Tips and Tricks for NancyFx and .NET Core

In my current assignment, we’re using Nancy on ASP.NET Core and .NET Core 2.0. Nancy for .NET Core is currently in alpha, and since documentation is lacking, and since this is not exactly the “super-duper-happy-path”, I thought I would write down some discoveries.

Major Differences from v. 1

You still define routes in module constructors, but the syntax has changed. Instead of e.g

Get["/products/{id}"] = args => SomeMethod(args.id);

you write e.g.

Get("/products/{id}", args => SomeMethod(args.id));

I usually use async and name my routes, then this becomes:

Get("/products/{id}", async args => await SomeMethodAsync(args.id), name: "GetProduct");

private async Task<dynamic> SomeMethod(string productId) { ... }

Application Settings

With WebAPI, you define an options class, in my case ConnectionStrings, and add this to the Startup class:

public void ConfigureServices(IServiceCollection services)
{
    // ...
    services.Configure(Configuration.GetSection("ConnectionStrings"));
    // ...
}

But that is an extension method in OptionsConfigurationServiceCollectionExtensions which only works with WebAPI’s DI container. And the Configuration property in the Startup class is set by the runtime, but Nancy is using another bootsrapper. So the question was how to (1) pass the configuration to the Nancy bootstrapper and (2) how to adapt this for TinyIoC which is used in Nancy by default.

The solution for (1) is to have a Custom bootstrapper and pass the configuration to it’s constructor. To solve (2) I wrote my own extension method for TinyIoC.

public class Startup
{
    // ...
    public void Configure(IApplicationBuilder app, IHostingEnvironment env)
    {
        if (env.IsDevelopment())
            app.UseDeveloperExceptionPage();
        app.UseOwin(x => x.UseNancy(options => options.Bootstrapper = new CustomBootstrapper(_configuration)));
    }
}

public class CustomBootstrapper : DefaultNancyBootstrapper
{
    private readonly IConfiguration _configuration;

    public CustomBootstrapper(IConfiguration configuration)
    {
        _configuration = configuration;
    }

	protected override void ConfigureApplicationContainer(TinyIoCContainer container)
    {
        base.ConfigureApplicationContainer(container);
        container.Configure(_configuration.GetSection("NameOfAppsettingsSection"));
    }
}

internal static class ContainerExtensions
{
    public static void Configure(this TinyIoCContainer container, IConfiguration config) where TOptions : class, new()
    {
        var options = new TOptions();
        config.Bind(options);
        container.Register(options);
    }
}

Then, just add your options class as a parameter to classes where it is needed:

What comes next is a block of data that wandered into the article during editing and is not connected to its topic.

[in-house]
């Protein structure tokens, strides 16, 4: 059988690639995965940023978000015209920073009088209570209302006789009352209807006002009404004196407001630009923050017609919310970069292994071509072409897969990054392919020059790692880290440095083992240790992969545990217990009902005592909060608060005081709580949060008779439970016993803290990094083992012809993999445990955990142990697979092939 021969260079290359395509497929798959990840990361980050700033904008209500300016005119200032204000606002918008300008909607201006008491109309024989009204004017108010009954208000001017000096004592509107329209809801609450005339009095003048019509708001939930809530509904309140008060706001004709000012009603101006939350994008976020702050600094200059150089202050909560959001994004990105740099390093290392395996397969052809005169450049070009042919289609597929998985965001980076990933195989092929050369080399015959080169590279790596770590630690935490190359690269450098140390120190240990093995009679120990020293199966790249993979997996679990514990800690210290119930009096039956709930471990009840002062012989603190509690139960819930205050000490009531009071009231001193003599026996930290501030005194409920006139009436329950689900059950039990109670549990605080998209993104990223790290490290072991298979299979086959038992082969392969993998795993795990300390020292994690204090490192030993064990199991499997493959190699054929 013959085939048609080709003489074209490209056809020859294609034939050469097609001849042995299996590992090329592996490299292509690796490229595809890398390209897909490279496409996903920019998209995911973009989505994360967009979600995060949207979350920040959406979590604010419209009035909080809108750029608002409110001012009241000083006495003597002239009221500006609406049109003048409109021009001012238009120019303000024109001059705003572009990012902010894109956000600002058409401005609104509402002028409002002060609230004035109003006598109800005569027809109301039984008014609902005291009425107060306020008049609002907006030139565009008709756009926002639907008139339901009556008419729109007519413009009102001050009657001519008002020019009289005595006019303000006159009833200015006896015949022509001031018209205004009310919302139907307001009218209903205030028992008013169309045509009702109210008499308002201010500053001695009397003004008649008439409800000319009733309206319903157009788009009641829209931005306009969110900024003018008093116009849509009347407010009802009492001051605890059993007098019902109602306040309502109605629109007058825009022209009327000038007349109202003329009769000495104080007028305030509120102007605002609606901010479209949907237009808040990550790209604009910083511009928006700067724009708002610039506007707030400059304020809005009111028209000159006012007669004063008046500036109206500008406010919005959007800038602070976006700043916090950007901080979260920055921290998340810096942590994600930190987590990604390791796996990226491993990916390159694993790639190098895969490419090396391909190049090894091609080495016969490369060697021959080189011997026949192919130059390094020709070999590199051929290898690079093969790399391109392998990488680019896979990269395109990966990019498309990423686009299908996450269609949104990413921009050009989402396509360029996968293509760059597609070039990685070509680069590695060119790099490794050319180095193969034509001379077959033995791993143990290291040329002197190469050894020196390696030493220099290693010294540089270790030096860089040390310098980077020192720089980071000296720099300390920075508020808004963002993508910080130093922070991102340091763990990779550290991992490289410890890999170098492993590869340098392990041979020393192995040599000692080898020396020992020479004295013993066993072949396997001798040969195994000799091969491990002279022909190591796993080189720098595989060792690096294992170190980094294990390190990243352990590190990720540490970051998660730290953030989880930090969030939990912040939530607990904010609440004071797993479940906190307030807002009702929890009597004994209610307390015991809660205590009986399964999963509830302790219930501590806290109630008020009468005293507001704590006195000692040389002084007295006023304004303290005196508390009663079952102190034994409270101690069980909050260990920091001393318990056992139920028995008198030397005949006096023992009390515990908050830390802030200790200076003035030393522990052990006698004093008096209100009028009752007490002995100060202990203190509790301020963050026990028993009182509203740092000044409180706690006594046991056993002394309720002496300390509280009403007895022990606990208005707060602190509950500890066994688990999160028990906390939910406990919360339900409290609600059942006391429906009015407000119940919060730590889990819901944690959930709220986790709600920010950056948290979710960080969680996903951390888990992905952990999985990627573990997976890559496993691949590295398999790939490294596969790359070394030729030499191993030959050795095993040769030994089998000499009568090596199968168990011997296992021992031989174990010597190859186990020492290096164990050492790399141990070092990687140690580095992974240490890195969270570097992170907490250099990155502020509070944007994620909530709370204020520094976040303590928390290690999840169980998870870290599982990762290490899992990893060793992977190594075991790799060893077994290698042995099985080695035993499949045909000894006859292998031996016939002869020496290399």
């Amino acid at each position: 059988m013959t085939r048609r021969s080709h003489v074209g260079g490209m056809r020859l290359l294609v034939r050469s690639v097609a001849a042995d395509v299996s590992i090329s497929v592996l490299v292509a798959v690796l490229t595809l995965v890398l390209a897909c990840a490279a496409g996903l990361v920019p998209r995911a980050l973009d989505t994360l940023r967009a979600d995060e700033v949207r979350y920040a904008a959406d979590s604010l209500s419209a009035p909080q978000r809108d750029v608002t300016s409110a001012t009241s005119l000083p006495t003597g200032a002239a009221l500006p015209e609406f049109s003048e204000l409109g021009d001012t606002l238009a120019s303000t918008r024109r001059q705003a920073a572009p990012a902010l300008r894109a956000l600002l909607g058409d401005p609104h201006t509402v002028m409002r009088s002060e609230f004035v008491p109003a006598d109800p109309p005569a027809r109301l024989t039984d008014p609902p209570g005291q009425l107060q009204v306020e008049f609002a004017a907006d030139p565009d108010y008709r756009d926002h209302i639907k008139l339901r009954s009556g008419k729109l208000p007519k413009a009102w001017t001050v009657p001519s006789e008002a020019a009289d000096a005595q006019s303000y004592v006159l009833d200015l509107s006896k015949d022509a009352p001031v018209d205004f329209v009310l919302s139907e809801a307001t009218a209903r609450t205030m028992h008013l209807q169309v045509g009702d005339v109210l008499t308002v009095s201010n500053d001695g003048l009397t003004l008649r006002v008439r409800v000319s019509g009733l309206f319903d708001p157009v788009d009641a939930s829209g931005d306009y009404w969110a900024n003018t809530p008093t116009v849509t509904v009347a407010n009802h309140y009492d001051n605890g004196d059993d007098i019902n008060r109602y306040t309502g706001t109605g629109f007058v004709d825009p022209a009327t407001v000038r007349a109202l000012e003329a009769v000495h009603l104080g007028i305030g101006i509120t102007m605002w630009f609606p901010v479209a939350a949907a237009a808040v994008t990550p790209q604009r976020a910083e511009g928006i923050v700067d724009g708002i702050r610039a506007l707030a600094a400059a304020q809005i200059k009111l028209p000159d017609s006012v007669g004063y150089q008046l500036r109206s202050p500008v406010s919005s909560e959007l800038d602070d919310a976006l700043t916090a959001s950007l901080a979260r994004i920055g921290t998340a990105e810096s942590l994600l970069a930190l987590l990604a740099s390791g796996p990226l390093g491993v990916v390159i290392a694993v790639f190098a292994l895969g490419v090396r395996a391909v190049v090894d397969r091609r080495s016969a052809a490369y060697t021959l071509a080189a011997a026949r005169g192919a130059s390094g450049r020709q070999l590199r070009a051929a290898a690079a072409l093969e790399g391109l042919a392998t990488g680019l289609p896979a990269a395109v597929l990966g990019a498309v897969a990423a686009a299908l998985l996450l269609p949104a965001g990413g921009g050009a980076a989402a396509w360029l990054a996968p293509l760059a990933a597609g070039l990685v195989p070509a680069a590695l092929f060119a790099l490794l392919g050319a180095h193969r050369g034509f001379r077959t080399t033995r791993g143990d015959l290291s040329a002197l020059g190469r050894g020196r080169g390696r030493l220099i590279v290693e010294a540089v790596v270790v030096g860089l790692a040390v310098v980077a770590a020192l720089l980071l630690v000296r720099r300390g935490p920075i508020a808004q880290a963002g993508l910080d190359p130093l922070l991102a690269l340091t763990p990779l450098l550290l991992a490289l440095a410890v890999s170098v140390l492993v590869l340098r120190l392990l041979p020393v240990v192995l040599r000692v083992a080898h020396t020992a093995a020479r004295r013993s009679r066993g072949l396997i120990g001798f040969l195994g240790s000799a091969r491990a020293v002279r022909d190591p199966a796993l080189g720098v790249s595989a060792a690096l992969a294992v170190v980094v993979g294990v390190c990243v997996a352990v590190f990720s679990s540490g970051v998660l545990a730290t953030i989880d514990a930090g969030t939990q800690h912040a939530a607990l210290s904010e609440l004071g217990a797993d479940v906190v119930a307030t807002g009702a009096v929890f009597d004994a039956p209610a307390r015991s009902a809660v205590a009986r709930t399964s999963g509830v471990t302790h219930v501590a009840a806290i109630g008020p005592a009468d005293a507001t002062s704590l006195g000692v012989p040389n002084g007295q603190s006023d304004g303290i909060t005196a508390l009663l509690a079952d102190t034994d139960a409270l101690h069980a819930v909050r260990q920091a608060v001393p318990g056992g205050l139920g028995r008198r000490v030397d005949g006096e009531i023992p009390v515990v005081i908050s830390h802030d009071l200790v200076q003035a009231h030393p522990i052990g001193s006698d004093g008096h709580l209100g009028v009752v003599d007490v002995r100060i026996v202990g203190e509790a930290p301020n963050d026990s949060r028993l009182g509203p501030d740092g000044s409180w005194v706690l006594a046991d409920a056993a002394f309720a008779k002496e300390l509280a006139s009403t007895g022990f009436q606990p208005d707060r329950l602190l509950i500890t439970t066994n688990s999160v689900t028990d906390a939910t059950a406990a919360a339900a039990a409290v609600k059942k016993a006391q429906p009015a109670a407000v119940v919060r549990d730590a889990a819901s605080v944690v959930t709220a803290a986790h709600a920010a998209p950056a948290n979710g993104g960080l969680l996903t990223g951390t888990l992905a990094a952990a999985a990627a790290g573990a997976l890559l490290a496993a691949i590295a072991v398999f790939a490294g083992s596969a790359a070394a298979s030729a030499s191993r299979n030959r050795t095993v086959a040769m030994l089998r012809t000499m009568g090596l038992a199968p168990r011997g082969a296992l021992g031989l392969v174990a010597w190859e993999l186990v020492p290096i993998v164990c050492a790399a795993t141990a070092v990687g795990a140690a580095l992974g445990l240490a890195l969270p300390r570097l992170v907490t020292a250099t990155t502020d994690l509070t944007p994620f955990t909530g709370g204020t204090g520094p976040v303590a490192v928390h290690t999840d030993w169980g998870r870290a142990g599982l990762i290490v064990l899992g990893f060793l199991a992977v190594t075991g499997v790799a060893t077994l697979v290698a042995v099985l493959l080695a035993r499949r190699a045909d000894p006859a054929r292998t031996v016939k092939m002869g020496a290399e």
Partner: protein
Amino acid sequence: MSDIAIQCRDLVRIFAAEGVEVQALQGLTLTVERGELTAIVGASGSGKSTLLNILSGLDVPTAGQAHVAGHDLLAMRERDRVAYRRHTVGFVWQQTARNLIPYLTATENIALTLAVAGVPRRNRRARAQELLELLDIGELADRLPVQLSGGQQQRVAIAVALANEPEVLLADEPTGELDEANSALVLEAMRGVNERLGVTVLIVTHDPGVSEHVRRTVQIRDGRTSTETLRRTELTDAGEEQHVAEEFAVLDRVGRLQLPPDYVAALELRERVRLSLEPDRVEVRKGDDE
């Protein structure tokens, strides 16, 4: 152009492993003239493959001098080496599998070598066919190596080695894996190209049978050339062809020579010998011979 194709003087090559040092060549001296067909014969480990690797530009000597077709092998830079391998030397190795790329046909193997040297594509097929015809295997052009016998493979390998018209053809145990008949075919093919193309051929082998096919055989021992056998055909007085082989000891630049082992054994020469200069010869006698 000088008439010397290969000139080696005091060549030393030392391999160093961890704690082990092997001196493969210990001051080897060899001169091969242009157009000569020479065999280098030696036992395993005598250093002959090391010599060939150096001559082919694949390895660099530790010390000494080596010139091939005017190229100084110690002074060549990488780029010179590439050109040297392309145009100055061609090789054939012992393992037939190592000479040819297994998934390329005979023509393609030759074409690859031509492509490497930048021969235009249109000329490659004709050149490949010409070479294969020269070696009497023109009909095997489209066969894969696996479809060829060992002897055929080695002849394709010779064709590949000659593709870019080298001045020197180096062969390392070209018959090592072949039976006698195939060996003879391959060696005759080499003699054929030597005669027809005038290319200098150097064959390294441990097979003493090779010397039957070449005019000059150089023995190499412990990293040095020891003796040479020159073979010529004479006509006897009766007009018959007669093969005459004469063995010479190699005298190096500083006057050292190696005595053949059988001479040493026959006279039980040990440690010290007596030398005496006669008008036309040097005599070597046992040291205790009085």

public class MyClass
{
    public MyClass(MyOptions options)
    {
        // ...
    }
    // ...
}

Swagger Generation

Swagger generation with Nancy is not as convenient as I would wish, partly because of the dynamic nature of Nancy, and partly because of the not so well implemented Nancy.Swagger package. In my experience, what works best is to use the builder methods, but it is still not perfect. I use Postman to test my API rather than Swagger.

Testing

Marcus Hammarberg has a series of blog posts that are very useful as an introduction to testing with Nancy. Here is a summary and some additional notes.

A nice feature of Nancy is that it has built-in unit test support, where you can create a “browser” that takes two parameters: a bootstrapper (use ConfigurableBootsrapper to specify the module that is the subject of test, including mocked dependencies) and an action that specifies the browser context to use for all requests. Example:

var browser = new Browser(
    new ConfigurableBootstrapper(configuration =>
    {
        configuration.Module<MyModule>();
        configuration.Dependency(myMock.Object);
    }),
    context => context.Accept("application/json"));

For integration tests, where you want to test all layers, you use your ordinary bootstrapper instead. If it takes an IConfiguration parameter, you have to write code for getting configuration from appsettings.json in the test project. Here is an example of a static helper class:

using Microsoft.Extensions.Configuration;

internal static class ConfigurationHelper
{
    public static IConfiguration Configuration;

    static ConfigurationHelper()
    {
        var configBuilder = new ConfigurationBuilder()
            .AddJsonFile("appsettings.json")
            //.AddJsonFile($"appsettings.{environment}.json", true)
            .AddEnvironmentVariables();
        Configuration = configBuilder.Build();
    }
}

Make sure that appsettings.json has build action Content and Copy if newer. Having an override for the current environment (the commented line above) is not trivial, since the test project is not a ASP.NET Core project. You could use the same environment variable with the following line:

var environment = System.Environment.GetEnvironmentVariable("ASPNETCORE_ENVIRONMENT");

Error Handling

Global error handling can be setup in the bootstrapper by overriding ApplicationStartup. Example for an API that returns JSON:

protected override void ApplicationStartup(TinyIoCContainer container, IPipelines pipelines)
{
    base.ApplicationStartup(container, pipelines);
    pipelins.OnError += OnError;
}

private Nance.Response OnError(NancyContext ctx, Exception ex)
{
    _logger.Error(ex, "An unhandled error occurred.");
    var negotiator = ApplicationContainer.Resolve<IResponseNegotiator>();
    return negotiator.NegotiateResponse(new {Error = "Internal error. Please see server log for details."}, ctx);
}

 

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